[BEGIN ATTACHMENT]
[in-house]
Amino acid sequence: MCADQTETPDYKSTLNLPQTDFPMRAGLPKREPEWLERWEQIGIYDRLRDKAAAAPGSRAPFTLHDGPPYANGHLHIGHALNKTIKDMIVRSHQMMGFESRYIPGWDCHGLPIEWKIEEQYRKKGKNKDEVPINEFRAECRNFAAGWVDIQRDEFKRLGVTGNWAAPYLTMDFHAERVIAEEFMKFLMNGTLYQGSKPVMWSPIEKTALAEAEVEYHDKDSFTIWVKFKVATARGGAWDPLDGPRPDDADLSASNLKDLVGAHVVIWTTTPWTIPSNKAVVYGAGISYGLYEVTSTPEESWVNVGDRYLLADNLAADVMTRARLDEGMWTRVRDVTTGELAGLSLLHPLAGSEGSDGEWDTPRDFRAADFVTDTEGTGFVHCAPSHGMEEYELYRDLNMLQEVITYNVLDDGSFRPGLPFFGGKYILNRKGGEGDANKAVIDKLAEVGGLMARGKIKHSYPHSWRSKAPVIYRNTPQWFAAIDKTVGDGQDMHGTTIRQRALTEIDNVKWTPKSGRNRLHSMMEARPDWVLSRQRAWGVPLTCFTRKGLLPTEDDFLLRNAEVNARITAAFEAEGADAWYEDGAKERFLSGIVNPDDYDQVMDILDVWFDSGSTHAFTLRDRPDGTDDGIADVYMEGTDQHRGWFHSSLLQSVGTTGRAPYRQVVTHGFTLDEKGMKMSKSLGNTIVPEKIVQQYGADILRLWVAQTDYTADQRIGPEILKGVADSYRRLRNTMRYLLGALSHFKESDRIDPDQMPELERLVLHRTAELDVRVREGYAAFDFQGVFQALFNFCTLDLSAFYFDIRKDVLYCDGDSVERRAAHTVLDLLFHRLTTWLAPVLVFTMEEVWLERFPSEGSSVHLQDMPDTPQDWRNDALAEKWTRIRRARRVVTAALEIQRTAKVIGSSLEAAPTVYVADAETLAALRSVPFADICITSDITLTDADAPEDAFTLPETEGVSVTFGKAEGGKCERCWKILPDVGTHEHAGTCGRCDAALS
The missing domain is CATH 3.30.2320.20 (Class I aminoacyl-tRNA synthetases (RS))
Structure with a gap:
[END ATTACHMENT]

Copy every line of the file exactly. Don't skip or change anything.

[in-house]
Amino acid sequence: MCADQTETPDYKSTLNLPQTDFPMRAGLPKREPEWLERWEQIGIYDRLRDKAAAAPGSRAPFTLHDGPPYANGHLHIGHALNKTIKDMIVRSHQMMGFESRYIPGWDCHGLPIEWKIEEQYRKKGKNKDEVPINEFRAECRNFAAGWVDIQRDEFKRLGVTGNWAAPYLTMDFHAERVIAEEFMKFLMNGTLYQGSKPVMWSPIEKTALAEAEVEYHDKDSFTIWVKFKVATARGGAWDPLDGPRPDDADLSASNLKDLVGAHVVIWTTTPWTIPSNKAVVYGAGISYGLYEVTSTPEESWVNVGDRYLLADNLAADVMTRARLDEGMWTRVRDVTTGELAGLSLLHPLAGSEGSDGEWDTPRDFRAADFVTDTEGTGFVHCAPSHGMEEYELYRDLNMLQEVITYNVLDDGSFRPGLPFFGGKYILNRKGGEGDANKAVIDKLAEVGGLMARGKIKHSYPHSWRSKAPVIYRNTPQWFAAIDKTVGDGQDMHGTTIRQRALTEIDNVKWTPKSGRNRLHSMMEARPDWVLSRQRAWGVPLTCFTRKGLLPTEDDFLLRNAEVNARITAAFEAEGADAWYEDGAKERFLSGIVNPDDYDQVMDILDVWFDSGSTHAFTLRDRPDGTDDGIADVYMEGTDQHRGWFHSSLLQSVGTTGRAPYRQVVTHGFTLDEKGMKMSKSLGNTIVPEKIVQQYGADILRLWVAQTDYTADQRIGPEILKGVADSYRRLRNTMRYLLGALSHFKESDRIDPDQMPELERLVLHRTAELDVRVREGYAAFDFQGVFQALFNFCTLDLSAFYFDIRKDVLYCDGDSVERRAAHTVLDLLFHRLTTWLAPVLVFTMEEVWLERFPSEGSSVHLQDMPDTPQDWRNDALAEKWTRIRRARRVVTAALEIQRTAKVIGSSLEAAPTVYVADAETLAALRSVPFADICITSDITLTDADAPEDAFTLPETEGVSVTFGKAEGGKCERCWKILPDVGTHEHAGTCGRCDAALS
The missing domain is CATH 3.30.2320.20 (Class I aminoacyl-tRNA synthetases (RS))
Structure with a gap: